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This article was published 22/10/2012 (1375 days ago), so information in it may no longer be current.
OTTAWA -- A bill to force First Nations to post financial information online is a step toward ending corruption on reserves, a Manitoba band member told a House of Commons committee Monday.
Phyllis Sutherland, president of the Peguis Accountability Coalition, said she has been intimidated and harassed for years because she's asked questions about the finances of the Peguis First Nation, of which she is a member.
She said Bill C-27 wouldn't solve all the accountability problems on First Nations but would mean band members could find out some financial information without having to let on they're looking for it.
"It's a start," she said.
Aboriginal Affairs Minister John Duncan introduced Bill C-27 last spring. It builds on Tory MP Kelly Block private member's bill, which died when the 2011 federal election was called.
The bill would require all First Nations to publicize annual audited financial statements and schedules of salaries paid to chiefs and councils on the Internet within 120 days of the end of each fiscal year.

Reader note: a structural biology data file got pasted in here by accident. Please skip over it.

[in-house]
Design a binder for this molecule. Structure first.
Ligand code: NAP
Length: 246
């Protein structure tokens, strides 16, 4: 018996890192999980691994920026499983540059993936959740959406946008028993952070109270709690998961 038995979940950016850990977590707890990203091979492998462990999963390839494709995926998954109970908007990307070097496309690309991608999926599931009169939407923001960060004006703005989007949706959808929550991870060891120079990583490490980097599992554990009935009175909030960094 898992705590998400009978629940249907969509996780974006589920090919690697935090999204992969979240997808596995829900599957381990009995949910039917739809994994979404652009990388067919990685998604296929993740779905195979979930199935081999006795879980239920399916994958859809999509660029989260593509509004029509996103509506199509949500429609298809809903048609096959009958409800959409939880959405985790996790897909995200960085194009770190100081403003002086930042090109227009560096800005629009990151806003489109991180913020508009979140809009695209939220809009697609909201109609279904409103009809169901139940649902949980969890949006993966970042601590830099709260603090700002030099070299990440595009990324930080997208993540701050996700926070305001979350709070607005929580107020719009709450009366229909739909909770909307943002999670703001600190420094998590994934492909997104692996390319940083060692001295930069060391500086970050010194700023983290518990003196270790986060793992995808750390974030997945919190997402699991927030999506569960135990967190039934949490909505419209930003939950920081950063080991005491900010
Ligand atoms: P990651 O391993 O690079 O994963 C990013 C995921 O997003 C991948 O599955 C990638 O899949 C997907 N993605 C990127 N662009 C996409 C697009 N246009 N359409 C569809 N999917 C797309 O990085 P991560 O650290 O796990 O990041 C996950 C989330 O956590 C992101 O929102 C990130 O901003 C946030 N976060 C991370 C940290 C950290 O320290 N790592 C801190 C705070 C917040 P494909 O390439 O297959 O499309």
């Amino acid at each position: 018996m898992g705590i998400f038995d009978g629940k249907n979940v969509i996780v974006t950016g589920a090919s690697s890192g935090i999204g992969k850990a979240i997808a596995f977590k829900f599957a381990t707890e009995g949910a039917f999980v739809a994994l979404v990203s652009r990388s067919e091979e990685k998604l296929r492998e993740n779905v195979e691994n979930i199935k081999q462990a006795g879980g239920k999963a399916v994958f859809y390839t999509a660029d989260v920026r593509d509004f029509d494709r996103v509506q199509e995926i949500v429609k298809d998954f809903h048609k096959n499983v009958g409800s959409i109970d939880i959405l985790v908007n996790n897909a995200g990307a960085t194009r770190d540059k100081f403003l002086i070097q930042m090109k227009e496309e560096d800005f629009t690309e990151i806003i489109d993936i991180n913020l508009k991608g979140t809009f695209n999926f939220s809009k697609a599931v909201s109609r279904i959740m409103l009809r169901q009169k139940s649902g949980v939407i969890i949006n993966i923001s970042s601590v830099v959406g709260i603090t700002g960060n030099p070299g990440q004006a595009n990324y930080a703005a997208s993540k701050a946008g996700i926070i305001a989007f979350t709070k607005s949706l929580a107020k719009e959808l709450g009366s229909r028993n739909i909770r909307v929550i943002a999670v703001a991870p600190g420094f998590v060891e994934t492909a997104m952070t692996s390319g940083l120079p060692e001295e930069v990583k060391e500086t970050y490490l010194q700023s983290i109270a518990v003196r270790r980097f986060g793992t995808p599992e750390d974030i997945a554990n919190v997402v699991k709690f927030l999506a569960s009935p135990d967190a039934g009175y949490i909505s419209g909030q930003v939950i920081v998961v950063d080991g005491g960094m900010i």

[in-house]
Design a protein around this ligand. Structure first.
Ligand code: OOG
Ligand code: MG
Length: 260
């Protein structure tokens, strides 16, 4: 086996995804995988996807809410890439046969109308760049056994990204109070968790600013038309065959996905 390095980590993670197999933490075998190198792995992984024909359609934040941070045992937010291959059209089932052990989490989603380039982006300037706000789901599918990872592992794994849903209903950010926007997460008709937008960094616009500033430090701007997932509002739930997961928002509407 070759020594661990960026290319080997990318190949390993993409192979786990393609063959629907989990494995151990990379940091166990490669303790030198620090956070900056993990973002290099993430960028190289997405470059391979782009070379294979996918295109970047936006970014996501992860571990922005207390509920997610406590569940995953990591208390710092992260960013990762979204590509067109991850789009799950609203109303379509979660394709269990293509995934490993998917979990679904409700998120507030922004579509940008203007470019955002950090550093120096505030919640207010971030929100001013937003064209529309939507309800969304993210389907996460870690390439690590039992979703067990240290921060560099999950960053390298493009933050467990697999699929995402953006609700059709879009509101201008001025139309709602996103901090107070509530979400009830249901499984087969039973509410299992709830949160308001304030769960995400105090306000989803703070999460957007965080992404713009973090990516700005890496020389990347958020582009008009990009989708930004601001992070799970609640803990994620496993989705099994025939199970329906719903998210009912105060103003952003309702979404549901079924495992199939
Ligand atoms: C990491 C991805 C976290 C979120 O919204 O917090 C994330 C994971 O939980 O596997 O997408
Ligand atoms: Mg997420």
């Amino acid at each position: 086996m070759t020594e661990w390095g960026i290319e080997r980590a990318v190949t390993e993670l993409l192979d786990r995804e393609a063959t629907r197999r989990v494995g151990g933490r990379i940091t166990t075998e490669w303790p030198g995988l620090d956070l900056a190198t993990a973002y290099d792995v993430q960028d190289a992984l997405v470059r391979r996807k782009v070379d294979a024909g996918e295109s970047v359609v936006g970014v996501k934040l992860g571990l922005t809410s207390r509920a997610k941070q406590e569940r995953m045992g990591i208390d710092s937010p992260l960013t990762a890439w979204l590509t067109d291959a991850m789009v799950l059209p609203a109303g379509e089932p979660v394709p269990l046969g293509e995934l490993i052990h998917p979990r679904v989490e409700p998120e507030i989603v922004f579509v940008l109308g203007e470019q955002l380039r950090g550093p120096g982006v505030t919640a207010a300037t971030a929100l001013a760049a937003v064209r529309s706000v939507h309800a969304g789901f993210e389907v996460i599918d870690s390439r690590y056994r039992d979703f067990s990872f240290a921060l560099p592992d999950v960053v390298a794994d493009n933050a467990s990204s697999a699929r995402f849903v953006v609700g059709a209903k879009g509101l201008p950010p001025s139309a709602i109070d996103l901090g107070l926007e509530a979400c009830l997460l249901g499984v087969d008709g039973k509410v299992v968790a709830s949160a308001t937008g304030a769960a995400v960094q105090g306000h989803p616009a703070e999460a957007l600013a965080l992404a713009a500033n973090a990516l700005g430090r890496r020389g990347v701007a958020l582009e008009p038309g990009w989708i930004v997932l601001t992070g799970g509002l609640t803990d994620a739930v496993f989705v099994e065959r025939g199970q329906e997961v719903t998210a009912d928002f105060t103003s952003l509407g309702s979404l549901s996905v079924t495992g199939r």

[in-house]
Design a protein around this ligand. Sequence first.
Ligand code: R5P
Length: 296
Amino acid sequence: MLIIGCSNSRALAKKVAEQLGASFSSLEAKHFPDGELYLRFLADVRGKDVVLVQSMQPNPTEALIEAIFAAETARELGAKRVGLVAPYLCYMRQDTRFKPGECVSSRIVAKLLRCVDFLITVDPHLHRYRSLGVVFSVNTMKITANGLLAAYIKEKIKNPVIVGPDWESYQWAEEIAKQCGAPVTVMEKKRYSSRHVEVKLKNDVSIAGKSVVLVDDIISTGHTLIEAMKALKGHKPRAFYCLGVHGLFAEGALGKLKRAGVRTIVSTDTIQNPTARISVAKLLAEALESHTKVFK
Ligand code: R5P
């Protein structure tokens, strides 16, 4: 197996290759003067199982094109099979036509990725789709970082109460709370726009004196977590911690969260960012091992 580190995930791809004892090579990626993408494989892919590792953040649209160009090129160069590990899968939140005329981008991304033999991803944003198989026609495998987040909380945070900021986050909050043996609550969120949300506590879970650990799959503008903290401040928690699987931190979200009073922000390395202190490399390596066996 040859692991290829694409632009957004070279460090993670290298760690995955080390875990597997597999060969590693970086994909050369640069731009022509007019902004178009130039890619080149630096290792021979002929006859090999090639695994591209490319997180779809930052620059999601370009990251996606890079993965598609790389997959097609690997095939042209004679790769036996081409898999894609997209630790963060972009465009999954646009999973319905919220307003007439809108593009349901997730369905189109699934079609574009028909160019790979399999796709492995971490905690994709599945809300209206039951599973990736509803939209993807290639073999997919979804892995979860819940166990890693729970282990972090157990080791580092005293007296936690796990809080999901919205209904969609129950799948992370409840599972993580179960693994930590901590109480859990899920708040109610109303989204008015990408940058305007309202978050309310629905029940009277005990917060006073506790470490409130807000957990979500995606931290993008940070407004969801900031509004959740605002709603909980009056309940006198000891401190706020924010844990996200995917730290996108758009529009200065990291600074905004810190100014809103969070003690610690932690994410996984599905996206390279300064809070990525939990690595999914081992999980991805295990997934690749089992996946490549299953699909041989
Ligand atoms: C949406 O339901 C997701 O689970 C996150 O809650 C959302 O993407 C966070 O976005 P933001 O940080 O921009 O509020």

Failure to comply could result in losing federal funding.
Although there is a policy in place allowing band members to obtain financial records for their own reserve, Sutherland said that is not always the practice.
She said she has a stack of requests asking for information from her band and none of them has ever been answered.
Opposition MPs appear likely to vote against the bill. NDP MP Dennis Bevington argued if First Nations are seen as legitimate governments, they should be able to decide on their own what information to make public and how to release it.
Conservative MP Rob Clarke said when it comes to public funds, everybody has to be accountable.
"I don't know if the opposition gets that," he said.
Colin Craig, prairie director of the Canadian Taxpayers Federation, told the committee the legislation ensures band members get information that is commonly withheld for political purposes.
"Not surprisingly, the only people that seem to oppose this bill are politicians," said Craig.
Craig said not all reserve politicians are hiding the information and said by forcing all bands to produce their financial information, it will prove which band leaders are doing good things.
"Full disclosure will help everyone sort out bad apples from the good ones," he told the committee.
Derek Nepinak, grand chief of the Assembly of Manitoba Chiefs, has criticized the legislation as being colonialistic and paternalistic.
He said First Nations members are already allowed to get the information and said any requirement to publish financial information on band-owned entities may be illegal.
The Indian Act governs only financial information on government transfers, not money bands receive from businesses such as gas bars, gravel pits or airlines.
First Nations leaders are also critical of the bill because they weren't consulted prior to the introduction of the legislation.